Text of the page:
Thank you, this is really helping me - and I’m sure over time countless others - getting up and running with Flakes! Some follow-up questions came to mind:

  • Where should I add system library dependencies? I did it like this but maybe there’s a better way:
let packageName = "xyz"; # Putting the name in variable.
# ...
myHaskellPackages = haskellPkgs.override {
  overrides = hfinal: hprev: { 
    ${packageName} =
        (hfinal.callCabal2nix "${packageName}" ./. { })
        [final.libzip]; # system libraries
  • Related, I’m also adding buildInputs = [final.libzip]; (note: not under nativeBuildInputs) to get the library into the devShell. It’s a bit unfortunate I have to put two two places like that i.e. the devShell is not reusing what I already put into addBuildDepends. Is there a way around that?

  • Is it appropriate to fix the branch in flake.nix (e.g. nixpkgs.url = "github:NixOS/nixpkgs/nixos-22.11";). I feel unstable changes too frequently but that’s a personal choice and I wonder if I’m disrespecting others by making that decision for them.

  • Is it appropriate to fix a GHC version in flake.nix (e.g. haskellPkgs = final.haskell.packages."ghc8107";)? This is the GHC version I currently work with, but I wonder if I’m disrespecting others by baking this decision into flake.nix - or worse, breaking my library in haskellPackages.

  • I have sometimes seen callCabal2nix not re-evaluate anything even if the .cabal file changed. (I had to change the name argument to “invalidate” it to make it recompile.) Is this normal?

  • Is this name usually (by convention only) set to the Hackage name / cabal file name (without extention)? It doesn’t appear to be doing anything crucial.

  • I’m not sure how the .cabal file gets chosen - does it assume there is one cabal in the ./. directory and pick that?

You can scratch this for now. This may have been something about fetchFromGithub behavior where just changing the rev (revision) is not enough: you also have to invalidate it by putting in a bogus sha256 hash (i.e. it caches by the hash, not by the rev).

1 Like

Let me try to answer some of your questions.

In general, you should add system library dependencies to your .cabal file (normally as pkgconfig-depends, or in similar fields). If you do this, then cabal2nix will generally know to pull in the system library for you. So a lot of times it won’t require any additional work for you on the Nix side.

If this doesn’t work for some reason, then you’re correct with using functions like haskell.lib.compose.addBuildDepends.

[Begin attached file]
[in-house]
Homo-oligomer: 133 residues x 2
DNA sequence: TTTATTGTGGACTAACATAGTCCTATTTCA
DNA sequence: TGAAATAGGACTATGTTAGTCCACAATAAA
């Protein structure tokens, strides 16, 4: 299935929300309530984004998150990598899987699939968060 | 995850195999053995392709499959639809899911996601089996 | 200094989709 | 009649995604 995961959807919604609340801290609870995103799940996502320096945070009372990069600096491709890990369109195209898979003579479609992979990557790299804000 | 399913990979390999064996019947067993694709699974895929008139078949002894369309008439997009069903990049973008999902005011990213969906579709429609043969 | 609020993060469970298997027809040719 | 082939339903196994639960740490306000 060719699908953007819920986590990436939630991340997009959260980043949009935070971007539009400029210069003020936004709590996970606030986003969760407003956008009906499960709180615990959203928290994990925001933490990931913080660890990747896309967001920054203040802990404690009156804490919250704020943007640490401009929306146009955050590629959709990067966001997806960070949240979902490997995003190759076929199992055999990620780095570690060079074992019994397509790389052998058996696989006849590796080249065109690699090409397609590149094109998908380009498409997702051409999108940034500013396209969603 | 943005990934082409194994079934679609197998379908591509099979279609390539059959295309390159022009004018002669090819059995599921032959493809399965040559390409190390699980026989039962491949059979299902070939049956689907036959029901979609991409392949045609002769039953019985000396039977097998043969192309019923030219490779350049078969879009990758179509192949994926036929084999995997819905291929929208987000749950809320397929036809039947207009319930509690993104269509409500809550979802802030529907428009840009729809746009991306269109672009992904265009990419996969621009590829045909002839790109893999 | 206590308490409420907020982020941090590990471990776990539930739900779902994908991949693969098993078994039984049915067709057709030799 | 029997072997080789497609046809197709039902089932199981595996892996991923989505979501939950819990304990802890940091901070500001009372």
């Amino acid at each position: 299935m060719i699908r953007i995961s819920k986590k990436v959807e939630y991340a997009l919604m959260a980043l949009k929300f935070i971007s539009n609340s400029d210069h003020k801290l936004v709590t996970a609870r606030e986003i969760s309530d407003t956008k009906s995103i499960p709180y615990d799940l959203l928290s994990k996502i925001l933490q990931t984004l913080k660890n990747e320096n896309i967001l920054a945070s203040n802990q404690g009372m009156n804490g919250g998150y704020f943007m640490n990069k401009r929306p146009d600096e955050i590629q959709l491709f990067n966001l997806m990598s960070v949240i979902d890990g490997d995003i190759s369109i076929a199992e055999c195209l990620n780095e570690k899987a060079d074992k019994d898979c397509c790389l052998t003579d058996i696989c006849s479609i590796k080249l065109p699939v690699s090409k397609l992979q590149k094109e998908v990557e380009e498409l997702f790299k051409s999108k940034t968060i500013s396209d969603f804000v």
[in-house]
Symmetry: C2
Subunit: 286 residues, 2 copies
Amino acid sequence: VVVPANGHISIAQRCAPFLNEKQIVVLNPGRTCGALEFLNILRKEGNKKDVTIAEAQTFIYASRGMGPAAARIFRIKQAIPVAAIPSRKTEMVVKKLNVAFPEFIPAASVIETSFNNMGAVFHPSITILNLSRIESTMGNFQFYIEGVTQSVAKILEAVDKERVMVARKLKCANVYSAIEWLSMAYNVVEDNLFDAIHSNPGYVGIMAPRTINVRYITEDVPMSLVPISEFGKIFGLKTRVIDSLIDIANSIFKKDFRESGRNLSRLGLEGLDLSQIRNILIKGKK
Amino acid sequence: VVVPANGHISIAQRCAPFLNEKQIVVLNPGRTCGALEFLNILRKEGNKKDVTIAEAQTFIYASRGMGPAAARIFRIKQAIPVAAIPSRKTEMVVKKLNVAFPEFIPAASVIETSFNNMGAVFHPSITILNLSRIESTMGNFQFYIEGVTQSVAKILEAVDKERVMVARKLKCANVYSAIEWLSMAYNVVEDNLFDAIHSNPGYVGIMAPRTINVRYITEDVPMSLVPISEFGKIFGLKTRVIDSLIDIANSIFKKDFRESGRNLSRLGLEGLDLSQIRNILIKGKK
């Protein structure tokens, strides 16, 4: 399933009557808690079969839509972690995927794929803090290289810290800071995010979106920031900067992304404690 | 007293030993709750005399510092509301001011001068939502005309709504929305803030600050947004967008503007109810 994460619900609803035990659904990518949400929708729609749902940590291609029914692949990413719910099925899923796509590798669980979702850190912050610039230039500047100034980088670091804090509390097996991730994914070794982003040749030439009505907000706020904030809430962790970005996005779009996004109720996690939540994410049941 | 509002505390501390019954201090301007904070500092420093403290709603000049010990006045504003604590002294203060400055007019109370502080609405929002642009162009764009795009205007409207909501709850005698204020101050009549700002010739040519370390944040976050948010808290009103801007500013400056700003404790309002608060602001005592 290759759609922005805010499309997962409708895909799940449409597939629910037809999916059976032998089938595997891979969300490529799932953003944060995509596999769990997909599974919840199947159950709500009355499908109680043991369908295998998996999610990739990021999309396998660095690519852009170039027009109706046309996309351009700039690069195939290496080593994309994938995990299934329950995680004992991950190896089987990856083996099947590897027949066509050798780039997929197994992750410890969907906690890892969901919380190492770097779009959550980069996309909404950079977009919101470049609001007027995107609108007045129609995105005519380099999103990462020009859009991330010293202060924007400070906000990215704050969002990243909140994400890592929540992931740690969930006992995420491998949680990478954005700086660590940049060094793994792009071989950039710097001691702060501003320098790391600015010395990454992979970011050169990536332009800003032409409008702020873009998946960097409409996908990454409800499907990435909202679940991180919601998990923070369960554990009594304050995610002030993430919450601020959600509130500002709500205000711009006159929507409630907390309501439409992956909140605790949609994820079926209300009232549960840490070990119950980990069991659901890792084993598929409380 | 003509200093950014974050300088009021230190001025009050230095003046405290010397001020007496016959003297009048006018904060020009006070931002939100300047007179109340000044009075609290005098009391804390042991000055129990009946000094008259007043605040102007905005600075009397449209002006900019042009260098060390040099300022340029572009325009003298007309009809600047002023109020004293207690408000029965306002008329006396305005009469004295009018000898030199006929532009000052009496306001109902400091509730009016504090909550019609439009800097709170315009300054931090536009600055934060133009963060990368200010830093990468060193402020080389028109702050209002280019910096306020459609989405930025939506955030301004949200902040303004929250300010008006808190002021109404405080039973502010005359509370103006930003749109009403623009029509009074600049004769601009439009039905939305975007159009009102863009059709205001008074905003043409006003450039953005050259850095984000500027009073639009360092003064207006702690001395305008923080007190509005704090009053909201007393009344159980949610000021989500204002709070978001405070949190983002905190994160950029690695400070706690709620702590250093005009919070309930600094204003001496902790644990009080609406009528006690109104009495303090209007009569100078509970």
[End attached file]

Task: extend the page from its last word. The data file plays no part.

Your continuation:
In general, shellFor should be automatically figuring out all the required system dependencies, and providing you a shell with them. Off the top of my head, I’m not sure why it might not be doing so.

Do you have your code up on GitHub that I (or someone else) could take a look at?

Yeah, pinning to nixos-22.11 is definitely a valid choice!

I had only pinned to nixos-unstable in my above example because I knew that haskellPackages in the current nixos-unstable is ghc927, which I thought would be the easiest to use and show off. Pinning to any other Nixpkgs version should be completely fine.

If any users wanted to depend on your flake in one of their projects, they can override the Nixpkgs version your project uses if they want. There is an easy way to do that with flakes.

I’d say this is also completely fine.

The only time I’d worry about this is if you wanted to provide a Nixpkgs Haskell overlay that end-users are expected to apply to their own Nixpkgs Haskell package set, and you want it to work with multiple versions of GHC. This type of thing can be a little complex, so if you decide you want to go down this route, you should probably think about exactly what you want your end users to do, and what sort of configurations to support.

(In practice, in the Haskell world, almost everyone releases their Haskell packages to Hackage. It is much less common for Haskell projects to share Nixpkgs Haskell overlays as a way of managing library dependencies).

If I remember correctly, the name used to actually be used somewhere in the code (maybe as a way to easily find the .cabal file?), but we removed that restriction at some point. You’re correct that now it doesn’t really do anything crucial.

That’s correct. (Although technically there is also logic for first converting a package.yaml with hpack if there is no .cabal file.)

Another option is to use a Flake such as GitHub - srid/haskell-flake: A `flake-parts` Nix module for Haskell development
This provides the common tools (HLS, Ormolu, etc.) built-in